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January 2012
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March 2012


The backs of both my hands are covered in bruises. They are starting to heal, morphing into splotches of blue and green and red, like topographical maps. I earned the bruises at the hospital on friday.

I didn't want a D&C, didn't want anything to do with the hospital or anesthesia or finality. My body didn't want to let the baby go, and I could see its point. But the doctor kept warning me with words like "sepsis" and "asherman's syndrome" and "hemorrhage." Clay told me, "I know you don't want this, and I don't want to pressure you, because you're the one who has to go through it." But I could see he was scared for me, and most of all I was unbelievably weary at the thought of more possible drama, so I consented. 

At the hospital one nurse put an IV in my left hand, and another tried to take blood from my right, blowing a vein. I don't mean to make them sound bad, the nurses, because they were so very kind. But my veins weren't cooperating any more than the rest of me was. I watched the back of my right hand puff up, and I didn't even care. I'd just seen some paperwork that described my pregnancy - 16 weeks, 6 days, and I was awash in anger that I'd never be able to say 17 weeks. 

The anesthesiologist explained that because I was so far along, he would have to consider me as having a full stomach. So after I was put under, he put a balloon in my throat, along with the breathing tube, to protect my lungs should I vomit. When I woke up, my throat was raw. For days when I spoke, my voice came out in a thin, whiny whisper. I hated the sound of it, so weak and pitiful, underscoring everyone's worry about me. 

My voice is mostly back, although I find I have little to say. And the bruises are healing. As the colors shift and recede, I find I am sorry to see them go. Somehow it seems more true to be bruised.

There is no easy way to say this.

I've lost the baby.

I hate the terminology, you know? It doesn't really work. I lost the baby? It sounds careless. I've had a miscarriage? Hardly a word that encompasses the ultrasound image I saw yesterday, of a tiny body curled up, looking like a still baby bird, perfectly formed in every way we could see...except for the eerie stillness. And so shall I say that? The baby died? 

That is too horrible, and I can't say the words.

But I don't suppose there is any words that would make it easier. Yesterday I went in for an ultrasound, at what was supposed to be 16 or 15 weeks gestation. Clay was with me, because I knew something was wrong. I'd demanded the appointment, unable to wait anymore for my scheduled ultrasound on Thursday. I lay on the table and gripped Clay's hand. The room was too hot.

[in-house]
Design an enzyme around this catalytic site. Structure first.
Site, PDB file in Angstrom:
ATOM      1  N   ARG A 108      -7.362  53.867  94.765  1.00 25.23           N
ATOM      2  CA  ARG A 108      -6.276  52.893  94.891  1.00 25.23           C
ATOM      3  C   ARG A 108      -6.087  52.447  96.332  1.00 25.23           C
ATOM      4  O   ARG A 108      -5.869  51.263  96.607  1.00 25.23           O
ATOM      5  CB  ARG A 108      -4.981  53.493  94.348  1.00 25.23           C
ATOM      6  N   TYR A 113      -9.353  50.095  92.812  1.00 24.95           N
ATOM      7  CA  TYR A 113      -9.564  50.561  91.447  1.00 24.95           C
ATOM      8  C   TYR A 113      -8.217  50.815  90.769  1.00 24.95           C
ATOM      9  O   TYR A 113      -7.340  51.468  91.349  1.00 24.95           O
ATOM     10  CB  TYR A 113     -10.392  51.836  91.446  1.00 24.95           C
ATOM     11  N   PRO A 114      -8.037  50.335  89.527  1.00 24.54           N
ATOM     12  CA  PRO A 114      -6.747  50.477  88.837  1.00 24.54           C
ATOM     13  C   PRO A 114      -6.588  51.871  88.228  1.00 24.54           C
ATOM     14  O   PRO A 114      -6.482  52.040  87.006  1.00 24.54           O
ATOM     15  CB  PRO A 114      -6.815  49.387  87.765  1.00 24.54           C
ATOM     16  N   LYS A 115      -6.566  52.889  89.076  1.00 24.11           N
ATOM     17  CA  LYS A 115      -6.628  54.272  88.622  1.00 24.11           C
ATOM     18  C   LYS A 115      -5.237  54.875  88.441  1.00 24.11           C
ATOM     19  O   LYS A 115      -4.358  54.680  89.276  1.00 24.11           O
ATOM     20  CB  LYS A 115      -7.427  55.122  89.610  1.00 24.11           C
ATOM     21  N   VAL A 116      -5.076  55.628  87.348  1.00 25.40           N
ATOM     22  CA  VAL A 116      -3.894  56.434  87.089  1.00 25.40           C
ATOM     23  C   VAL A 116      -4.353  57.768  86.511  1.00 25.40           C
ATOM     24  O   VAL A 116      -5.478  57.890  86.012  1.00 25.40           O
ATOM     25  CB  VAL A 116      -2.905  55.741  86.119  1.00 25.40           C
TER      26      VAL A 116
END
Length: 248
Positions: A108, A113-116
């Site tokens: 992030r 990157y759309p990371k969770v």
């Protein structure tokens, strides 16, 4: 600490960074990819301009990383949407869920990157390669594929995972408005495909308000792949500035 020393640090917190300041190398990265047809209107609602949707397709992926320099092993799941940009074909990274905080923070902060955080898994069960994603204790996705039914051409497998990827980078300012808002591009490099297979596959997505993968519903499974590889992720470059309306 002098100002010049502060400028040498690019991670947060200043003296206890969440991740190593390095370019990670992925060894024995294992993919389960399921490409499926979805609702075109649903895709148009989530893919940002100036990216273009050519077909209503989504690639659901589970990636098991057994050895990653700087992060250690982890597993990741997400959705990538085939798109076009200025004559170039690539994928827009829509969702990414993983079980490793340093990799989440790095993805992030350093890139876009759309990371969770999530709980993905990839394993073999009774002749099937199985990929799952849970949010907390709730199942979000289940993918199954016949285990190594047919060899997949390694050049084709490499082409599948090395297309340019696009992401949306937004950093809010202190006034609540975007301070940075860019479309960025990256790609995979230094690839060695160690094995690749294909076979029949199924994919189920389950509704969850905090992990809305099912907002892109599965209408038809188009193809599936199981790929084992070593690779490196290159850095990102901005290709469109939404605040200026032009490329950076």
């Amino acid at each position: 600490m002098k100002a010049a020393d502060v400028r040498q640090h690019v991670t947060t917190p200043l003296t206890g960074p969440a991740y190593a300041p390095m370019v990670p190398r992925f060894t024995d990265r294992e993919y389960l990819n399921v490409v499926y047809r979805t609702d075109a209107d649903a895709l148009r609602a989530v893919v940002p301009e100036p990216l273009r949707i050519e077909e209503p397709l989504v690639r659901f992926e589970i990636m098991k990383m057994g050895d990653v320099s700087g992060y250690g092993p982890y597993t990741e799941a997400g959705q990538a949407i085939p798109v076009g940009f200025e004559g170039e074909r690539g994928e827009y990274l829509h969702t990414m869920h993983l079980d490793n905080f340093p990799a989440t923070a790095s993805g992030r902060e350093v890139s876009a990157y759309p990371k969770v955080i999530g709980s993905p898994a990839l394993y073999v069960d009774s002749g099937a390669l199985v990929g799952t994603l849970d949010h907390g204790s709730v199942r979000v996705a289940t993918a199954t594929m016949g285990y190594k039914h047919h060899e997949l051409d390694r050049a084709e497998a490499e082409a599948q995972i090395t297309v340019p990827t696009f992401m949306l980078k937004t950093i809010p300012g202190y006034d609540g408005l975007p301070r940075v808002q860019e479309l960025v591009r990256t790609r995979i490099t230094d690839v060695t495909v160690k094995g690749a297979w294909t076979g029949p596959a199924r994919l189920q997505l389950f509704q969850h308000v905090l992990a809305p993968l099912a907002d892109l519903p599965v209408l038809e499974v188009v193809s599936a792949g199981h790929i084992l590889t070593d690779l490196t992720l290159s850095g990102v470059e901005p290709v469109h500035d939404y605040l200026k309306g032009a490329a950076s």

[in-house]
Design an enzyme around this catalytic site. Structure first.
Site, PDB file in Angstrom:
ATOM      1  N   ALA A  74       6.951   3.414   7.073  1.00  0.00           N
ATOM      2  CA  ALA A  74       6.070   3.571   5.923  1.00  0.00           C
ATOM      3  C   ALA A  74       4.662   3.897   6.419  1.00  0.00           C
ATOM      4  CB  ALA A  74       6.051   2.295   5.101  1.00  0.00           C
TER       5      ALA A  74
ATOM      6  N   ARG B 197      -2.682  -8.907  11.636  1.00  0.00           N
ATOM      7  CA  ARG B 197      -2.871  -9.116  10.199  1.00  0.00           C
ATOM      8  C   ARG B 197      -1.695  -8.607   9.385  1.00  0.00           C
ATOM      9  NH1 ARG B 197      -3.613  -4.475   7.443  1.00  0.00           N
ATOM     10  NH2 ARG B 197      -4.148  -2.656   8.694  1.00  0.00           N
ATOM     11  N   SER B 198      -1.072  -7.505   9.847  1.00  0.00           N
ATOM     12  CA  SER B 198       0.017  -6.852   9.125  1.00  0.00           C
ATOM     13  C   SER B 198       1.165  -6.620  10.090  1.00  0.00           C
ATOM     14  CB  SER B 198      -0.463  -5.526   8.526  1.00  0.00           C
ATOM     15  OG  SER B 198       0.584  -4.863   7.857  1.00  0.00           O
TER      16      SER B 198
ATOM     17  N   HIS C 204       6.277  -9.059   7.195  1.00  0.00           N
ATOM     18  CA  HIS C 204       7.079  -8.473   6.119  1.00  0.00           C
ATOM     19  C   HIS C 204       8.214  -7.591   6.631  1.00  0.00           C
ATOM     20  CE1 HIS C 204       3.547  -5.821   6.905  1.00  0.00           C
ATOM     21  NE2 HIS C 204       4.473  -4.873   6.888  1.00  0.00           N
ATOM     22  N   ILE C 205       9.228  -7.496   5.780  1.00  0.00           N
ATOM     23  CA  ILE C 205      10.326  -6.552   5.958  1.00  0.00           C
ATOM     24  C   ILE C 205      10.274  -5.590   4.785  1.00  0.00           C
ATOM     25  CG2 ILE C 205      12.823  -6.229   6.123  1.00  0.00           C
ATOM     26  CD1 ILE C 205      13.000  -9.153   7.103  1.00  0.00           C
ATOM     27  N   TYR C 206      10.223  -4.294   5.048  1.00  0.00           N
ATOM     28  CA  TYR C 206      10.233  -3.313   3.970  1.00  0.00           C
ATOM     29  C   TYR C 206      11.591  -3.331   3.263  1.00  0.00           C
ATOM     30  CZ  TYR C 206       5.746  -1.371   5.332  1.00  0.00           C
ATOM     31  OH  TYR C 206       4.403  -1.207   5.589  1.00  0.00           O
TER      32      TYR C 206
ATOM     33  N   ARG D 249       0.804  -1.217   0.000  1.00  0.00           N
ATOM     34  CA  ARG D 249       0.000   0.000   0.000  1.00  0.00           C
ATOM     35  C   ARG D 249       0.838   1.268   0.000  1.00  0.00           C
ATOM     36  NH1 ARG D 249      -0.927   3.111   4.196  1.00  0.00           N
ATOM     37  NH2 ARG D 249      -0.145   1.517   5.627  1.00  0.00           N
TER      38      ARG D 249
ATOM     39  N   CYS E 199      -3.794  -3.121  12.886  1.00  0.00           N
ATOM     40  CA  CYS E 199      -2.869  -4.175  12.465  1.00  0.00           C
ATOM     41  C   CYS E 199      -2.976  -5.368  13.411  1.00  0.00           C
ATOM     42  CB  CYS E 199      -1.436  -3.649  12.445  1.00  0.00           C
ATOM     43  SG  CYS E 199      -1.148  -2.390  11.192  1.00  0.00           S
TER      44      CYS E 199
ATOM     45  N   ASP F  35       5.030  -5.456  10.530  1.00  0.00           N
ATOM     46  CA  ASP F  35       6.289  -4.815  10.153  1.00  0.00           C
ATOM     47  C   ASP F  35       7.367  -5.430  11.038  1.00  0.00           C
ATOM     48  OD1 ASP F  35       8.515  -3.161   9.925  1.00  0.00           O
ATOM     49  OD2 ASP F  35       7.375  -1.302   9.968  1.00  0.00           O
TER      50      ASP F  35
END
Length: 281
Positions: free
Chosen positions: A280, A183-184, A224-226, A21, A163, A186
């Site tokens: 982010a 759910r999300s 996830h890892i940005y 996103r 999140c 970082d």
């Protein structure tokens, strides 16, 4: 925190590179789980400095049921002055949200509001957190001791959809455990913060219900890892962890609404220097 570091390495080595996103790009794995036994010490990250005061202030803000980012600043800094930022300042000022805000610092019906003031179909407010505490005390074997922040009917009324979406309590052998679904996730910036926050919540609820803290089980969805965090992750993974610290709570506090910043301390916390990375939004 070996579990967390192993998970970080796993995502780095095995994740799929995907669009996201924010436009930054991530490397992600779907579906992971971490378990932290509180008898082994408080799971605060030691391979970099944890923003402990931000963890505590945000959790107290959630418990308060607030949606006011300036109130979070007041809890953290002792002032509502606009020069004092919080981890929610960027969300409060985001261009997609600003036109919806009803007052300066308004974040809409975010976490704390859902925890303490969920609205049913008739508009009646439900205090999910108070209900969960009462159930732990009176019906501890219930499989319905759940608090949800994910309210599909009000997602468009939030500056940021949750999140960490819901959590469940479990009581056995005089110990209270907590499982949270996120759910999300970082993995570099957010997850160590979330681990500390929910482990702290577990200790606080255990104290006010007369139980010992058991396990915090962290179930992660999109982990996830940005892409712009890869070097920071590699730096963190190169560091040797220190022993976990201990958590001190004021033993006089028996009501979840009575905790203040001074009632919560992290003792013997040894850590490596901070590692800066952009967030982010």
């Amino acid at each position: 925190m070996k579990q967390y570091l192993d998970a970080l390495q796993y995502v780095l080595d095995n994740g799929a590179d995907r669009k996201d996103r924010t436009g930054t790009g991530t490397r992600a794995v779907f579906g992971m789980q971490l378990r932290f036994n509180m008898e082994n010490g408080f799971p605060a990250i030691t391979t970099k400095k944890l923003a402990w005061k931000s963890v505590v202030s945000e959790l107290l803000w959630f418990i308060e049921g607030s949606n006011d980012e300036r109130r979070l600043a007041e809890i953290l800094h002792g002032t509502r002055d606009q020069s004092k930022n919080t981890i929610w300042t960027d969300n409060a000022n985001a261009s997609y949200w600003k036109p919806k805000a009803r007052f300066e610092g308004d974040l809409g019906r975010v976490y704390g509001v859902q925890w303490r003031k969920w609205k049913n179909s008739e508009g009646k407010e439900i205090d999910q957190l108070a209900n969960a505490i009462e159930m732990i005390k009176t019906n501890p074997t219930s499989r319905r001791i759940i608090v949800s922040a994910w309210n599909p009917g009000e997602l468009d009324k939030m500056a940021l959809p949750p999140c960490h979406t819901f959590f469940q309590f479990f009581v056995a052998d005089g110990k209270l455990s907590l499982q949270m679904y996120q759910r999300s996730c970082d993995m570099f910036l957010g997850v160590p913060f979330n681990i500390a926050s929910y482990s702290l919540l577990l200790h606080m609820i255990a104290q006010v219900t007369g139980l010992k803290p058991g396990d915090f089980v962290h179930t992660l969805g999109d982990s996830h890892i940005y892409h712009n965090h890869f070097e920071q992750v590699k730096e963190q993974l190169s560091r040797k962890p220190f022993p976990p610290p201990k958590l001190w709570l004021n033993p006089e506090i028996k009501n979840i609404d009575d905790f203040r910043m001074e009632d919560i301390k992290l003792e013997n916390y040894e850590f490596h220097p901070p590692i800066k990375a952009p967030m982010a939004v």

Of course, I've already told you what we saw. The doctor adjusted the picture and asked me how far along I was supposed to be. I stammered on an on about 16 weeks strictly by dates, but my cycle tends to be long, so we thought closer to 15 weeks. It was like a nightmare, where you can't make yourself say the words that make sense. 

And on the screen, my tiny, still baby, curled up and motionless.

"As you can see here," he motioned a circle on the chest, "there is no heartbeat. The size is what we'd expect to see in a twelve to thirteen week pregnancy. I am so sorry."

And oh, I am sorry too.

I keep wondering where I was, what I was doing when that life winked out.

"It's not your fault," Clay says. And yes, I know. I know. Only...what was I doing? How did I not know? 

Last night we lay in bed, forehead to forehead, whispering. Tears leaked endlessly onto my pillow.

"Our life is good," I said, and Clay agreed. "It really is., I don't know how I will ever stop being sad and live it again."

Clay says that I don't need to worry about that right now, and that maybe, for now, being sad is what we are supposed to do. I hope he's right, because it's about all I can achieve today.


My latest best idea

I had a BRILLIANT idea today. I'm good at those. The ideas. I have one that's worth at least a million dollars, I swear I do. It's the doing anything about the ideas that I lack. 


My idea starts here: have you ever gotten one of those magical boxes of Kellogg's Frosted Mini-Wheats (who doesn't love these? You are dismissed) that had a little extra frosting? So when you pour the milk and the shredded wheat part gets a little soft, the frosting still maintains a gentle crunch, making your cereal-eating experience well nigh perfect?

Well, here's my idea! Kellogg's should TOTALLY make Extra Frosted Mini-Wheats! I would buy them. And I think you would too. Come on, you would, wouldn't you? And on Facebook, we would all complain about it, "OH did you see this TRAVESTY of a breakfast cereal? Who needs MORE FROSTING in this world? What we need is EXTRA WHEAT Mini-Wheats!" 

And then they could make the extra wheat kind too, so when I pour myself a bowl of the extra frosting kind, I can take it and hide in my room to eat it. And when the kids bang on my door to ask if I'm eating the cereal with the extra frosting, I can bellow back, "NO! Go eat your EXTRA WHEAT MINI-WHEATS!"

Kellogg's is welcome to take my brilliant idea for free. That's how much of a giver I am.

And to answer your questions: Yes, I am feeling a bit less nauseated. What are you eating RIGHT NOW? Are you going to finish that? And no, I am not going insane, even though it is snowing and there is supposed to be something crazy like a foot of snow by morning and Tre's school is already cancelled. I'm fine. 

And FULL of good ideas.